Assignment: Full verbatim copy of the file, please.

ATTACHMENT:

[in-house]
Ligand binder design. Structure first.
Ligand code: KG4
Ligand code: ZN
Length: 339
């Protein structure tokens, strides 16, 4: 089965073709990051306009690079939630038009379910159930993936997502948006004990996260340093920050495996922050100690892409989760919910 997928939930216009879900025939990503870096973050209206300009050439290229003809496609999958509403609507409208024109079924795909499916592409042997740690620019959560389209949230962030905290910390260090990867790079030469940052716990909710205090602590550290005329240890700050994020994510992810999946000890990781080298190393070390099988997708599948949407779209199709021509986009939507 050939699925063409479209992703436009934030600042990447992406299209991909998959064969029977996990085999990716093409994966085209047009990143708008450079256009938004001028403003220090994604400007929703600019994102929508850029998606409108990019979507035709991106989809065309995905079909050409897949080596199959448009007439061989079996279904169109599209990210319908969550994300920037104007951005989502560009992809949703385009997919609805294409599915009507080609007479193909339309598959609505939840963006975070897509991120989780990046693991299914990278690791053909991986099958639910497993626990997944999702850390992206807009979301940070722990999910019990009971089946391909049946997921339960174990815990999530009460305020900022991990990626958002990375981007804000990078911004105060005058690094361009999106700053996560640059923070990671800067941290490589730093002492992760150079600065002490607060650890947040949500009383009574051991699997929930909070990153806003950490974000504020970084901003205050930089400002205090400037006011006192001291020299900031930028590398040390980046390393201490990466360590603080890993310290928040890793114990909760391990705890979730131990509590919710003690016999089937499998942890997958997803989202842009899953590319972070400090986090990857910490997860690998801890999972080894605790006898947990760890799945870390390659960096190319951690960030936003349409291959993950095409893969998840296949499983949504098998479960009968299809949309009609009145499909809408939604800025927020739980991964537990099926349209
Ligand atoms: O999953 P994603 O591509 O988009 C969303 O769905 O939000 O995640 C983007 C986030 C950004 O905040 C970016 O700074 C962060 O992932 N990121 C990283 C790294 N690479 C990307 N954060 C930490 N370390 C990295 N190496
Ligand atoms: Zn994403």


[in-house]
Ligand binder design. Structure first.
Ligand code: KG4
Ligand code: ZN
Length: 339
């Protein structure tokens, strides 16, 4: 089965073709990051306009690079939630038009379910159930993936997502948006004990996260340093920050495996922050100690892409989760919910 997928939930216009879900025939990503870096973050209206300009050439290229003809496609999958509403609507409208024109079924795909499916592409042997740690620019959560389209949230962030905290910390260090990867790079030469940052716990909710205090602590550290005329240890700050994020994510992810999946000890990781080298190393070390099988997708599948949407779209199709021509986009939507 050939699925063409479209992703436009934030600042990447992406299209991909998959064969029977996990085999990716093409994966085209047009990143708008450079256009938004001028403003220090994604400007929703600019994102929508850029998606409108990019979507035709991106989809065309995905079909050409897949080596199959448009007439061989079996279904169109599209990210319908969550994300920037104007951005989502560009992809949703385009997919609805294409599915009507080609007479193909339309598959609505939840963006975070897509991120989780990046693991299914990278690791053909991986099958639910497993626990997944999702850390992206807009979301940070722990999910019990009971089946391909049946997921339960174990815990999530009460305020900022991990990626958002990375981007804000990078911004105060005058690094361009999106700053996560640059923070990671800067941290490589730093002492992760150079600065002490607060650890947040949500009383009574051991699997929930909070990153806003950490974000504020970084901003205050930089400002205090400037006011006192001291020299900031930028590398040390980046390393201490990466360590603080890993310290928040890793114990909760391990705890979730131990509590919710003690016999089937499998942890997958997803989202842009899953590319972070400090986090990857910490997860690998801890999972080894605790006898947990760890799945870390390659960096190319951690960030936003349409291959993950095409893969998840296949499983949504098998479960009968299809949309009609009145499909809408939604800025927020739980991964537990099926349209
Ligand atoms: O999953 P994603 O591509 O988009 C969303 O769905 O939000 O995640 C983007 C986030 C950004 O905040 C970016 O700074 C962060 O992932 N990121 C990283 C790294 N690479 C990307 N954060 C930490 N370390 C990295 N190496
Ligand atoms: Zn994403």